14E18 ; 14E15 ; 13A18 ; 14B05 ; 14E30

Caustics appear in several areas in Physics (i.e., geometrical optics [10], the theory of underwater acoustic [2] and the theory of gravitational lensings [11], and so on) and Mathematics (i.e., classical differential geometry [12, 13] and the theory of differential equations [6, 7, 15], and so on). Originally the notion of caustics belongs to geometrical optics, which has strongly stimulated the study of singularities [14]. Their singularities are now understood as a special class of singularities, so called Lagrangian singularities [1, 16]. In this talk we start to describe the classical notion of evolutes (i.e., focal sets) in Euclidean plane (or, space) as caustics for understanding what are the caustics. The evolute is defined to be the envelope of the family of normal lines to a curve (or, a surface). The basic idea is that we may regard the normal line as a ray emanate from the curve (or, the surface), so that the evolute can be considered as a caustic in geometrical optics. Then we consider surfaces in Lorentz-Minkowski $3$-space and explain the direct analogy of the evolute (the Lorentzian evolute) of a timelike surface, whose singularities are the same as those of the evolute of a surface in Euclidean space generically. This case the normal lines of a timelike surface are spacelike, so these are not corresponding to rays in the physical sense. Therefore, the Lorentz evolute is not a caustic in the sense of geometric optics. In Lorentz-Minkowski $3$-space, the ray emanate from a spacelike curve is a normal line of the curve whose directer vector is lightlike, so the family of rays forms a lightlike surface (i.e., a light sheet). The set of critical values of the light sheet is called a lightlike focal curve along a spacelike curve. Actually, the notion of light sheets is important in Physics which provides models of several kinds of horizons in space-times [5]. On the other hand, a world sheet in a Lorentz-Minkowski $3$-space is a timelike surface consisting of a one-parameter family of spacelike curves. Each spacelike curve is called a momentary curve. We consider the family of lightlike surfaces along momentary curves in the world sheet. The locus of the singularities (the lightlike focal curves) of lightlike surfaces along momentary curves form a caustic. This construction is originally from the theoretical physics (the string theory, the brane world scenario, the cosmology, and so on) [3, 4]. Moreover, we have no notion of the time constant in the relativity theory. Hence everything that is moving depends on the time. Therefore, we consider world sheets in the relativity theory. In order to understand the situation easily, we only consider 2-dimensional world sheets in Lorentz-Minkowski $3$-space. We remark that we have results for higher dimensional cases and for other Lorentz space-forms similar to this special case [8, 9]. Caustics appear in several areas in Physics (i.e., geometrical optics [10], the theory of underwater acoustic [2] and the theory of gravitational lensings [11], and so on) and Mathematics (i.e., classical differential geometry [12, 13] and the theory of differential equations [6, 7, 15], and so on). Originally the notion of caustics belongs to geometrical optics, which has strongly stimulated the study of singularities [14]. Their singularities ...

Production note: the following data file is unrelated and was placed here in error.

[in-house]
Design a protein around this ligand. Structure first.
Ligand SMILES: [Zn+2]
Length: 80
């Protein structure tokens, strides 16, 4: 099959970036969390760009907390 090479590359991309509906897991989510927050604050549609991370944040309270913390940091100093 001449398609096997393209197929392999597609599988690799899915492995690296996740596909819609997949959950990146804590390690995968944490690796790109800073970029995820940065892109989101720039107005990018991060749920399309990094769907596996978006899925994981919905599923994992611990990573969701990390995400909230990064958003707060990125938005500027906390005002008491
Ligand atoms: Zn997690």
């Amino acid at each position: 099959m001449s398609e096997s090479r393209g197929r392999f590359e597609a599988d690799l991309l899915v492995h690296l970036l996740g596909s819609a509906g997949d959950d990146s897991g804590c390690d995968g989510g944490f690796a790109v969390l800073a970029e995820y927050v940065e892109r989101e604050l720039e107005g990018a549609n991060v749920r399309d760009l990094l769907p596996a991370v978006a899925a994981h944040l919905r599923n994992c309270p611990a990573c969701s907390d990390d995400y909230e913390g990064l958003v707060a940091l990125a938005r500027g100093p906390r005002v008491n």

53C40 ; 58K05

Let $(V,p)$ be a complex isolated complete intersection singularity germ (an ICIS). It is well-known that its Milnor number $\mu$ can be expressed as the difference:
$$\mu = (-1)^n ({\rm Ind}_{GSV}(v;V) - {\rm Ind}_{rad}(v;V)) \;,$$
where $v$ is a continuous vector field on $V$ with an isolated singularity at $p$, the first of these indices is the GSV index and the latter is the Schwartz (or radial) index. This is independent of the choice of $v$.
In this talk we will review how this formula extends to compact varieties with non-isolated singularities. This depends on two different ways of extending the notion of Chern classes to singular varieties. On elf these are the Fulton-Johnson classes, whose 0-degree term coincides with the total GSV-Index, while the others are the Schwartz-McPherson classes, whose 0-degree term is the total radial index, and it coincides with the Euler characteristic. This yields to the well known notion of Milnor classes, which extend the Milnor number. We will discuss some geometric facts about the Milnor classes.
Let $(V,p)$ be a complex isolated complete intersection singularity germ (an ICIS). It is well-known that its Milnor number $\mu$ can be expressed as the difference:
$$\mu = (-1)^n ({\rm Ind}_{GSV}(v;V) - {\rm Ind}_{rad}(v;V)) \;,$$
where $v$ is a continuous vector field on $V$ with an isolated singularity at $p$, the first of these indices is the GSV index and the latter is the Schwartz (or radial) index. This is independent of the choice ...

32S65 ; 14B05 ; 57R20